Family animation Minions also received double digit complaints from members of the public.
Kingsman: The Secret Service and latest James Bond outing Spectre topped the 2015 list of film complaints received by ratings body the British Board of Film Classification (BBFC), according to the organisation’s annual report.
Matthew Vaughn’s comic book adaptation Kingsman received 38 complaints from members of the public, with the primary reason being the level of violence in the 15-rated film, with one scene set in a church (featuring Colin Firth attacking a group of churchgoers) causing particular offence.
The BBFC comments that it saw an incomplete version of the film which would have received an 18 classification, and provided advice on how to reduce its rating by shortening moments of strong violence and not dwelling on pain or injury.
The organisation notes that one particular crude sex reference drew multiple complaints, but was left in the film due to comic context.
The BBFC also received several complaints regarding the decision to cut parts of the film to reduce its rating from an 18 to a 15, though it notes that the decision lies with the film-making team and not with the BBFC.
Sam Mendes’ final Bond outing Spectre, which received a 12A classification (meaning it is suitable for those above 12 years of age, but audience members under 12 can still watch the film accompanied by an adult), received 40 complaints, again primarily focused on the level of violence.
The BBFC report notes that the distributor sought advice on how to secure 12A classification, and a scene involving an eye-gouging was reduced to include limited visual detail, while further scenes involving torture and the aftermath of a suicide were also reduced.
Elsewhere, in a slightly more surprising turn animation sequel Minions received 16 complaints, which were aimed primarily at a medieval-style torture sequence where the protagonists are stretched on a rack.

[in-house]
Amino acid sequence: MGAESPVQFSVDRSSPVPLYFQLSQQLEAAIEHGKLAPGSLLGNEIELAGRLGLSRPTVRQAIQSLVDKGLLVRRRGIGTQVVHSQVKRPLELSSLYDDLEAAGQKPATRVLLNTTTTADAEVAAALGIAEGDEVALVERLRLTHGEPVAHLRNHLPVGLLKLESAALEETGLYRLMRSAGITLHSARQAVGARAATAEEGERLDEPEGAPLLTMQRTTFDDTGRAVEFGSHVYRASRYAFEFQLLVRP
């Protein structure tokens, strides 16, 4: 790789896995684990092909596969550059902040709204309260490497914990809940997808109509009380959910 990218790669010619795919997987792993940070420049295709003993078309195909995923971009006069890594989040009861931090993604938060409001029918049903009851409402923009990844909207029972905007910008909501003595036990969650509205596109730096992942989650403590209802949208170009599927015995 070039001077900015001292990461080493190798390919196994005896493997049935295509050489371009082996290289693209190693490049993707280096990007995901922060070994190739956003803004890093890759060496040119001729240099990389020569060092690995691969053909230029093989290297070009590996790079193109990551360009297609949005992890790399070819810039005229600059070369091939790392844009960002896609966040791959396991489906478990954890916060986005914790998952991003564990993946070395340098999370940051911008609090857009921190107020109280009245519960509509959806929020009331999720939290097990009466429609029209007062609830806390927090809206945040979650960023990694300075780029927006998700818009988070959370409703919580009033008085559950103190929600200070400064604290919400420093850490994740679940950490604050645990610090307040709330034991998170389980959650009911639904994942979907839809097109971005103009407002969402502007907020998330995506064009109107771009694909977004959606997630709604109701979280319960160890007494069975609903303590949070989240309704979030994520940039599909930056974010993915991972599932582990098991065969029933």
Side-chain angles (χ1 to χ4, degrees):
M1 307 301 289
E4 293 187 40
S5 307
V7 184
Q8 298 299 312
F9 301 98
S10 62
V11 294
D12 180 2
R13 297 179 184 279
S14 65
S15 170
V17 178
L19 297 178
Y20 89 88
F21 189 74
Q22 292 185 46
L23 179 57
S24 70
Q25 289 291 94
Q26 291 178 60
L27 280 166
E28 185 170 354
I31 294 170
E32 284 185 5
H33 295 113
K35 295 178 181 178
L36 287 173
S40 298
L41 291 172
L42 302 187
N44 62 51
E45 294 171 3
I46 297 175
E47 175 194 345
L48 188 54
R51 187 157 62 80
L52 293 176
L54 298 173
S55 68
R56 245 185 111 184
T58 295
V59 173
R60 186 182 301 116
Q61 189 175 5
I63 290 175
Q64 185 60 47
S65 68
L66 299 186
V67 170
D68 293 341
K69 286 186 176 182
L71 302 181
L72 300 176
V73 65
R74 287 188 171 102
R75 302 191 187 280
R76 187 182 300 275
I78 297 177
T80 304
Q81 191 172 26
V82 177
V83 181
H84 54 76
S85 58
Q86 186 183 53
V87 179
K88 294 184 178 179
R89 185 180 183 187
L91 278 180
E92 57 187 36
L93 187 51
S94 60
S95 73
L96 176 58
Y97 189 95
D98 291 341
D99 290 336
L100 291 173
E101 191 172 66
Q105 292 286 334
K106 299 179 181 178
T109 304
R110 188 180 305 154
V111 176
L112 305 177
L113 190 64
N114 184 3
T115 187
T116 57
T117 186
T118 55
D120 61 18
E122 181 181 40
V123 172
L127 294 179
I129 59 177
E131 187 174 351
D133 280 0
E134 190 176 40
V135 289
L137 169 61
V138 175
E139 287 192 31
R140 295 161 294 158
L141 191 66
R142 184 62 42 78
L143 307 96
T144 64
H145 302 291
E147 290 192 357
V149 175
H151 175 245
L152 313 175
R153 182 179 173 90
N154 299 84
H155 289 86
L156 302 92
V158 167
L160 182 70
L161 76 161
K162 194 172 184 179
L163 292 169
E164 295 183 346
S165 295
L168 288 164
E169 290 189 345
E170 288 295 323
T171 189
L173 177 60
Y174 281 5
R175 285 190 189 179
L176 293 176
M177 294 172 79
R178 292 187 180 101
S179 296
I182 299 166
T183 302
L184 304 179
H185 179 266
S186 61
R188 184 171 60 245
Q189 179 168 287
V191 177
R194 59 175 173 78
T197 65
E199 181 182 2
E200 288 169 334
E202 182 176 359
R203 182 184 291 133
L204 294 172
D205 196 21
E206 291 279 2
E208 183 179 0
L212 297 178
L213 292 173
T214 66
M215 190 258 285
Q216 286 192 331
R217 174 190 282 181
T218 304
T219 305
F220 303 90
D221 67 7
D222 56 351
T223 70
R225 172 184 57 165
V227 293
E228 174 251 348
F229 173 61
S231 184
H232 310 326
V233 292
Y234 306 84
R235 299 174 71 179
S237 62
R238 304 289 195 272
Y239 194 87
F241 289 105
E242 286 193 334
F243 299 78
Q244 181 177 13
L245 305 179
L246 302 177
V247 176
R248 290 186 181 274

The BBFC notes that the scene is delivered in a comical manner, and the risk of harmful imitation is very low, thus the film’s U rating (suitable for all ages) is appropriate.
The level of public complaints against these titles was minor, however, compared to the BBFC’s most complained about films on record. In 2008, Warner Bros The Dark Knight received 364 complaints alone.
Further titles to receive multiple complaints in 2015 include Simon Pegg-starring comedic Sci-Fi Absolutely Anything (primarily for swearing) and fantasy sequel Maze Runner: The Scorch Trials (primarily for violence and threat).
The BBFC classified 983 films for theatrical distribution in 2015, a 2.7% rise on the previous year. DVD and Blu-ray classification was down 5.6% over 2014, with 8,362 hours classified.
In November 2015 it was announced that current director David Cooke would be standing down in 2016, with assistant director David Austin stepping into his position.
Cooke vacates the role after 12 years, during which time he has overseen three major public consultations into how the BBFC operates.
In the annual report, Cooke notes that the speed of classification has reduced from an average of 18 days in 2004 to six day in 2015, and that the cost for a distributor submitting a film fell 22% from 2007 and 2014. Both of these statistics were enhanced by the introduction of digital delivery for cinema content last year.
A major ongoing concern of the BBFC is the continued evolution of the home entertainment market away from physical media to online delivery. While traditional media requires certification by law, online providers are self-regulatory.
In 2015, the BBFC classified 1,143 hours of online content for exclusive VoD releases, with the organisation receiving 74.5% more submissions than in 2014.
The report notes that 28 brands operating VoD services licence and display BBFC age ratings, with Amazon and Disney making use of the classifications for the first time in 2015. Netflix extended its relationship with the BBFC last year by classifying its original children’s and documentary content for the first time.
Both Film4OD and CinemaNow were amongst the services not utilising the BBFC’s classifications.
Separately, a piece of research commissioned by the BBFC last year saw researchers conduct 3421 interviews to measure attitudes towards the classification of VoD content. The research concluded that 85% of UK parents consider it important to have consistent classification for content across theatrical, online and offline.
A further change in 2015 saw the BBFC appointed as the voluntary regulator of mobile network EE’s ‘strict’ parental control setting, meaning the BBFC determines what website content is suitable for children under 12 to access via mobile, in accordance with its PG rating.